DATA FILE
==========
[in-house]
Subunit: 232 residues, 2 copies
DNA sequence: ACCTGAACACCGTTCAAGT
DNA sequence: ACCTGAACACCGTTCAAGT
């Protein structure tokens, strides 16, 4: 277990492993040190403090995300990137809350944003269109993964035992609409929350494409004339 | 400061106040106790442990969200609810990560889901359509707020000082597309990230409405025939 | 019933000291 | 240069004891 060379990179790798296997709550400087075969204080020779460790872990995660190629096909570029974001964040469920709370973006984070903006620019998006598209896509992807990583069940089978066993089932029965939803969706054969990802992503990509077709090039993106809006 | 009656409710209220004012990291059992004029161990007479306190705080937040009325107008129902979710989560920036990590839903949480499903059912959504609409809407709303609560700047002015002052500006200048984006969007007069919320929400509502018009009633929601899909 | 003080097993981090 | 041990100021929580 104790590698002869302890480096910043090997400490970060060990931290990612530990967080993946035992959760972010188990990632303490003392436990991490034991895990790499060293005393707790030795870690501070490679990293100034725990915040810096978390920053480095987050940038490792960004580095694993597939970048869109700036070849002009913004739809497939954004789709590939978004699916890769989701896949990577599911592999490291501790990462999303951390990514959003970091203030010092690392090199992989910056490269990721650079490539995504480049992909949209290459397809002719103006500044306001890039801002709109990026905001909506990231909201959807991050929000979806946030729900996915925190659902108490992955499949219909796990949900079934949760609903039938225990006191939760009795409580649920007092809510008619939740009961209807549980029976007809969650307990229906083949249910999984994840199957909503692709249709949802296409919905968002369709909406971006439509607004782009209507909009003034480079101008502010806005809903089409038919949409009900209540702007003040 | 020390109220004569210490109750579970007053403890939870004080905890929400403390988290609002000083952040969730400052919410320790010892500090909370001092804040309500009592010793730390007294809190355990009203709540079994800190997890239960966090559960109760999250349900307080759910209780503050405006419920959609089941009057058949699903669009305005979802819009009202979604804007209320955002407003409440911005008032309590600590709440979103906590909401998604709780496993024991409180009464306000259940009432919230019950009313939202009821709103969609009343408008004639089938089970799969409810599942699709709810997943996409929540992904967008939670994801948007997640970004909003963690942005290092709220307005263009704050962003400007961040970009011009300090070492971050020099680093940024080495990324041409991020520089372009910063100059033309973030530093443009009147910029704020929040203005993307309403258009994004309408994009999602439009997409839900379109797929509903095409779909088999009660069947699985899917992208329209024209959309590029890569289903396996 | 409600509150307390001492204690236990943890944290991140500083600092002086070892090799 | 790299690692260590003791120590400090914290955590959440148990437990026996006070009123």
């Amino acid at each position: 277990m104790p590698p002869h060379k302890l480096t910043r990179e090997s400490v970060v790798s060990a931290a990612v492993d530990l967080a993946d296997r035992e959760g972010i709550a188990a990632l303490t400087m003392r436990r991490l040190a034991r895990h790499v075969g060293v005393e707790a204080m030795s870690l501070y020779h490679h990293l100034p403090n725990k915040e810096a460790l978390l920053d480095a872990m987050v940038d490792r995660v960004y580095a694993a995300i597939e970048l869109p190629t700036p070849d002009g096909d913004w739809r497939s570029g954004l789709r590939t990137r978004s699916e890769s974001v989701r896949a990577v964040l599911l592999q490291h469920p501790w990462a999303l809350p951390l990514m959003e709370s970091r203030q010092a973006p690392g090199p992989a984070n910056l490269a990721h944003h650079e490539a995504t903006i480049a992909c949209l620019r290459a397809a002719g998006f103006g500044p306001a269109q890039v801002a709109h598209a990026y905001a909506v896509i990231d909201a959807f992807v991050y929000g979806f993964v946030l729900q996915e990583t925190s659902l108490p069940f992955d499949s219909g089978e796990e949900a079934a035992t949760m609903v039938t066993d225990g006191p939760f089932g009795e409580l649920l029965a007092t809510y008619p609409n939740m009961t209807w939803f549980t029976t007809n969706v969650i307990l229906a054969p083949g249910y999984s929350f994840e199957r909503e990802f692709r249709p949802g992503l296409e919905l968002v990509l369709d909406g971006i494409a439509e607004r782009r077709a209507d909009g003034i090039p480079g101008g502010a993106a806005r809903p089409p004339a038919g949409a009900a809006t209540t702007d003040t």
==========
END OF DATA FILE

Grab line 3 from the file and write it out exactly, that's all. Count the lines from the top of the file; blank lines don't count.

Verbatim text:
DNA sequence: ACCTGAACACCGTTCAAGT